Colored red for romance the Northern Cardinal so named “cardinal” after the Cardinals of the Roman Catholic Church, who wear distinctive red robes and caps. The term “Northern” in the common name refers to its range, as it is the only cardinal found in the Northern Hemisphere.
This beautiful male bird also courts his future mate by feeding her seeds. When the female agrees to become his mate they sing to each other. (Now there is a dating behavior tocopy! -Mother Nature) During courtship they may also participate in a bonding behavior where the male collects food and brings it to the female, feeding her beak-to-beak. If the mating is successful, this mate-feeding may continue throughout the period of incubation. Mated pairs often travel together. The male Cardinal often feeds the female as part of their mating behavior.
The Northern Cardinal is a territorial song bird. The male sings in a loud, clear whistle from the top of a tree or another high location to defend his territory. He will chase off other males entering his territory. The Northern Cardinal learns its songs, and as a result the songs vary regionally. It is able to easily distinguish the sex of another singing Northern Cardinal by its song alone.
Both sexes sing a clear, whistled song patterns, which are repeated several times, then varied. Some common phrases are described as purdy, purdy, purdy…whoit, whoit, whoit, whoit and what-cheer, what-cheer… wheet, wheet, wheet, wheet’. The Northern Cardinal has a distinctive alarm call, a short metallic ‘chip’ sound. This call often is given when predators approach the nest, in order to give warning to the female and nestlings.In some cases it will also utter a series of chipping notes. The frequency and volume of these notes increases as the threat becomes greater.
Northern Cardinals become prey for the Cooper’s Hawks, Loggerhead Shrikes, Northern Shrikes, Eastern gray squirrels, Long-eared Owls and Eastern Screech Owls. Predators of chicks and eggs include milk snakes, coluber constrictors, Blue Jays, fox squirrels, red squirrels and eastern chipmunks.
Northern Cardinal are weed seed, grains, insect snail berry and fruits eaters. It eats beetles, cicadas, grasshoppers, snails, wild fruit and berries, corn and oats, sunflower seeds, the blossoms and bark of elm trees, and drinks maple sap from holes made by sapsuckers. It is a ground feeder and finds food while hopping on the ground through trees or shrubbery. During the summer months, it shows preference for seeds that are easily husked, but is less selective during winter, when food is scarce. Northern Cardinals feed their young almost exclusively on insects.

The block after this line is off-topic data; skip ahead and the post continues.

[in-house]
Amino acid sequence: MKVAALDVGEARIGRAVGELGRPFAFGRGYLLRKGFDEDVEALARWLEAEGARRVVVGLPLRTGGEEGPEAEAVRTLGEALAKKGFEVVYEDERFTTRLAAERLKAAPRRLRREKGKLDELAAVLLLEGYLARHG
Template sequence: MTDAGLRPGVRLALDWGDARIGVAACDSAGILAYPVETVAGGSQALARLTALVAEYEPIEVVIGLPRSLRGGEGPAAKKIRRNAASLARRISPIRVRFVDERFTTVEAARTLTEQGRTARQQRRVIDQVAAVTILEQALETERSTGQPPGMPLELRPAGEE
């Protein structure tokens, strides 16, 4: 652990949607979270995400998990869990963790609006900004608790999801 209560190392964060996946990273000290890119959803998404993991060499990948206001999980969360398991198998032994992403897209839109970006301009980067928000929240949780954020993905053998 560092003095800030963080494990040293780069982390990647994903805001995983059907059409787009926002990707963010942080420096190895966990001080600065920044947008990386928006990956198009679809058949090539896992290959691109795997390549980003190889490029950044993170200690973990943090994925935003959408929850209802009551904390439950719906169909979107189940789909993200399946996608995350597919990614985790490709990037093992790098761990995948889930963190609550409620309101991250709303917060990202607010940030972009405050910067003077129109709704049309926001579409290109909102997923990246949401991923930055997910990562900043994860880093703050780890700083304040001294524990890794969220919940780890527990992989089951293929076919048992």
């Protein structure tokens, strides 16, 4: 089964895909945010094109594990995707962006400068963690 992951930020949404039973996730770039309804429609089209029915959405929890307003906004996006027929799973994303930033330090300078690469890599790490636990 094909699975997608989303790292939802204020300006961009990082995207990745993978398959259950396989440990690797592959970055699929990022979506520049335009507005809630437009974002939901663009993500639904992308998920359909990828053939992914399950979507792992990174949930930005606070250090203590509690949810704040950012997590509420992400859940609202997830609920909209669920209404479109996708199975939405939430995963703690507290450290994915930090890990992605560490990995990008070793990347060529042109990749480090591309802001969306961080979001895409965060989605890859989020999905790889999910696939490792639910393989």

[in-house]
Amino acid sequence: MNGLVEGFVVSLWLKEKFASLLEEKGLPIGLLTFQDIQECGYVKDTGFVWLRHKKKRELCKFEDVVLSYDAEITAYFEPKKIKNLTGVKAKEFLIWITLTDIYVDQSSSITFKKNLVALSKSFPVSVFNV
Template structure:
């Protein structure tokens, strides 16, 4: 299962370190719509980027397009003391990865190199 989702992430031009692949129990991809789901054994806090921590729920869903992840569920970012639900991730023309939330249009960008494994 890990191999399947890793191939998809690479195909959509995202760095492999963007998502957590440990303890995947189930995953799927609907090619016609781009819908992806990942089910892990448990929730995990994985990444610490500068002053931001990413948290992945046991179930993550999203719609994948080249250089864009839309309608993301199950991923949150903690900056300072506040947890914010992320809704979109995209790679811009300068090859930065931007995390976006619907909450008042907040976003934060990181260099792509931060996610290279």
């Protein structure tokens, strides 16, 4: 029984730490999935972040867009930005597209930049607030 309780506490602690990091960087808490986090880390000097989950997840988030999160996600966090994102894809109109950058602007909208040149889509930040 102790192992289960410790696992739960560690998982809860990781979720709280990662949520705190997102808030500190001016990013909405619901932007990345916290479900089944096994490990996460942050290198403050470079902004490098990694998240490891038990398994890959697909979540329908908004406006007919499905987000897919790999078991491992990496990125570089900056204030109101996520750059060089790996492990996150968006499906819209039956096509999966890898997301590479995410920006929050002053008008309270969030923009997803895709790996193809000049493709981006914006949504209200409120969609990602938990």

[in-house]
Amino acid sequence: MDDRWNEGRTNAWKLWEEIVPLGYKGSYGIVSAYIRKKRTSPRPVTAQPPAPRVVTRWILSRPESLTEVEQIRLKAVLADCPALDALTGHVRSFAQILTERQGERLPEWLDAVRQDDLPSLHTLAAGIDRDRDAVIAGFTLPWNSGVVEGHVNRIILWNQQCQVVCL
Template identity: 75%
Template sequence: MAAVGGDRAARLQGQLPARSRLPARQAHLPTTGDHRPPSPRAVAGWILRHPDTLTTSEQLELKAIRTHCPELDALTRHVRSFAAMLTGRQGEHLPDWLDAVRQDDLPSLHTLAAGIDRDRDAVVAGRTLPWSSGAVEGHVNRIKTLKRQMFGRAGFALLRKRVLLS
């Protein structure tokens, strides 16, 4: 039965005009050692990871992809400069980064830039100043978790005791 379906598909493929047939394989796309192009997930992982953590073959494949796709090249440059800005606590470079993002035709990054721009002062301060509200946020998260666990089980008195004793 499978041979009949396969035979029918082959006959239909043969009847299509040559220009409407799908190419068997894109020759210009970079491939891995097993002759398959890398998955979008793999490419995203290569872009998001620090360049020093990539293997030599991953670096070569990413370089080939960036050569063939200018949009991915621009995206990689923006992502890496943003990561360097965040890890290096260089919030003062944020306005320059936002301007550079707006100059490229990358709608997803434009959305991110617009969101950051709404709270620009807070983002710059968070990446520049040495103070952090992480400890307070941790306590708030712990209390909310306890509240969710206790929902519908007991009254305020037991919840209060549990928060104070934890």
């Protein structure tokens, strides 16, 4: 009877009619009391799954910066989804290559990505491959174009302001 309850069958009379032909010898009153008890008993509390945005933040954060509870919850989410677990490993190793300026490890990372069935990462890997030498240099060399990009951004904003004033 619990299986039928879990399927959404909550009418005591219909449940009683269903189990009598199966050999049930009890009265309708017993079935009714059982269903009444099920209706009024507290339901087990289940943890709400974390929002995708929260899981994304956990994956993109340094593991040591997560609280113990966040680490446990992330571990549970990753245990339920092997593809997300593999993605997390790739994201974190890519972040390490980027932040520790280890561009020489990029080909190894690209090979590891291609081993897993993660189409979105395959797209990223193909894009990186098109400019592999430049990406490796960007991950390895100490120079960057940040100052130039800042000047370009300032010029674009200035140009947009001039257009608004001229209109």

Female becomes an egg producing machine
After mating the female builds a cup nest in a well-concealed spot in dense shrub or a low tree one to three meters (three to ten ft) off the ground. The nest is made of thin twigs, bark strips, and grasses, lined with grasses or other plant fibers. Eggs are laid one to six days following the completion of the nest. The eggs are white, with a tint of green, blue or brown, and are marked with lavender, gray, or brown blotches which are thicker around the larger end. The shell is smooth and slightly glossy. Three or four eggs are laid in each clutch. the female usually incubates the eggs, rarely and for brief periods, the male assist. Two to three, and even four, broods are raised each year. The male cares for and feeds each brood as the female incubates the next clutch of eggs.
The oldest wild Cardinal banded by researchers lived at least 15 years and 9 months, although 28.5 years was achieved by a captive bird. The survival rates for adult Northern Cardinals in the wild have been estimated at 60 to 65% with the high mortality of juveniles average lifespan is only about a year.
Humans can do a lot to help this bird flourish by creating nesting habitat and feeders and gardening to attract cardinals and other song birds year around.
Northern Cardinal Wikipedia, the free encyclopedia wiki/NorthernCardinal
Images courtesy of Wikimedia.org
Image # 4 courtesy of www.wild-bird-watching.com male cardinal feeding young
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